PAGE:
Examples Of Satire In Huckleberry Finn

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Throughout The Adventures of Huckleberry Finn, Mark Twain satirizes multiple behaviors and customs that were common in the South during the 19th century. Twain is able to criticize the flaws of society, including the idea of organized religion, through the eyes of the young protagonist, Huckleberry Finn. Huck Finn is a young boy learning to be “sivilized,” and one of the things he is introduced to by Miss Watson is religion. As an outsider, his voice is utilized by Twain to point out the fallacies of religion through irony and satire. The entire novel is a comedy of manners. In this case, Twain is showing his satirical stance on organized religion through Huck. When Miss Watson first tells Huck about the “bad place,” or hell, his immediate reaction is to …show more content…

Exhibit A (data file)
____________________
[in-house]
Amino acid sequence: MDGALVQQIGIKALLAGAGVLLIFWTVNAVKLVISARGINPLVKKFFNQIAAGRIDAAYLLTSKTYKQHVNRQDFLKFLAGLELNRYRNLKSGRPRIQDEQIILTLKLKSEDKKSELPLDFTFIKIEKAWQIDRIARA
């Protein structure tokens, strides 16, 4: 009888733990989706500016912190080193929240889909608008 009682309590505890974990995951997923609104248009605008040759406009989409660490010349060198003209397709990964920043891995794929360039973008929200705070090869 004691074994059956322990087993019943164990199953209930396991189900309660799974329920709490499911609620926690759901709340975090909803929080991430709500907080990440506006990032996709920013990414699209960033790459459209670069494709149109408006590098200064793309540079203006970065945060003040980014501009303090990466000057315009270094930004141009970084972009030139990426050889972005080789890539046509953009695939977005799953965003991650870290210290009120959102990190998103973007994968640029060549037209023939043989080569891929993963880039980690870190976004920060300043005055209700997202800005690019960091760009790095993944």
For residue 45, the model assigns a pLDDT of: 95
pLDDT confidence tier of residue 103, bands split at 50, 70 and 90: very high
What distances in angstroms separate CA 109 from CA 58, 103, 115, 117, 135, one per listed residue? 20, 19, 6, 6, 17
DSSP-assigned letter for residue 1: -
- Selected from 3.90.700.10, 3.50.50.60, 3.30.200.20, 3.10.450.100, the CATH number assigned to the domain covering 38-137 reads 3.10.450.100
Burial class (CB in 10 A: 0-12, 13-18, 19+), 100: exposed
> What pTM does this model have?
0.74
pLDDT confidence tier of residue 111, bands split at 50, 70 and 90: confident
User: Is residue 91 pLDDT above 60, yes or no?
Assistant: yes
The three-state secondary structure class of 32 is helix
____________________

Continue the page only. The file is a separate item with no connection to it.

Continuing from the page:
Twain uses situational irony by saying Huck would prefer hell, which was associated with evil and punishment, over heaven with Miss Watson. To Huck, her description of heaven as a place where everyone just had to play a harp and sing is dull and unappealing. Here, Twain points out the society of his time’s idealistic view of heaven, despite them having no concrete evidence about it, so to make up for this lack of information, they create their own scenarios of life in paradise. He follows this point with Huck’s view on prayer as ineffective since it was for “spiritual gifts” only. When Huck realizes how prayer does not yield physical benefits, he decides that prayer is useless since he “couldn’t see no advantage about it-except for other people.” Through this statement, Twain identifies how religion was supposedly completely selfless, but ultimately useless for the individual. He also presents the different ideas of religion through the juxtaposition of Miss Watson and the Widow Douglas in their behavior towards Huck. Miss Watson is scolding and strict while the widow is kind and compassionate, and their values about Christianity reflect their attitudes.

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